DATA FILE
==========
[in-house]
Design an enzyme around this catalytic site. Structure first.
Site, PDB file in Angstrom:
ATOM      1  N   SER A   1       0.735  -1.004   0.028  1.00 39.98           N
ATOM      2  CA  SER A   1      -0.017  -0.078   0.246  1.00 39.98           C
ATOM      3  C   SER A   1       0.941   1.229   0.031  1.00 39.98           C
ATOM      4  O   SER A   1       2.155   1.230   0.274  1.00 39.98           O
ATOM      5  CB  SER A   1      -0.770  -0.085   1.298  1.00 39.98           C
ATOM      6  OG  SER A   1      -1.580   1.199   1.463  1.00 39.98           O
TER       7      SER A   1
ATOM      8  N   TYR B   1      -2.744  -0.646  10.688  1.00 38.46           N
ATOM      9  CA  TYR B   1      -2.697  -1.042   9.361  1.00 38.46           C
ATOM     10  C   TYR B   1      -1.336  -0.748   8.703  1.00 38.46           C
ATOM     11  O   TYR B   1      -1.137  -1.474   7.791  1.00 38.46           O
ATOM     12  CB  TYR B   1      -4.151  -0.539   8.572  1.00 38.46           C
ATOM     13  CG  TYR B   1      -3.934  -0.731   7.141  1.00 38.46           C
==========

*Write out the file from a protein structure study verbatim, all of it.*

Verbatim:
[in-house]
Design an enzyme around this catalytic site. Structure first.
Site, PDB file in Angstrom:
ATOM      1  N   SER A   1       0.735  -1.004   0.028  1.00 39.98           N
ATOM      2  CA  SER A   1      -0.017  -0.078   0.246  1.00 39.98           C
ATOM      3  C   SER A   1       0.941   1.229   0.031  1.00 39.98           C
ATOM      4  O   SER A   1       2.155   1.230   0.274  1.00 39.98           O
ATOM      5  CB  SER A   1      -0.770  -0.085   1.298  1.00 39.98           C
ATOM      6  OG  SER A   1      -1.580   1.199   1.463  1.00 39.98           O
TER       7      SER A   1
ATOM      8  N   TYR B   1      -2.744  -0.646  10.688  1.00 38.46           N
ATOM      9  CA  TYR B   1      -2.697  -1.042   9.361  1.00 38.46           C
ATOM     10  C   TYR B   1      -1.336  -0.748   8.703  1.00 38.46           C
ATOM     11  O   TYR B   1      -1.137  -1.474   7.791  1.00 38.46           O
ATOM     12  CB  TYR B   1      -4.151  -0.539   8.572  1.00 38.46           C
ATOM     13  CG  TYR B   1      -3.934  -0.731   7.141  1.00 38.46           C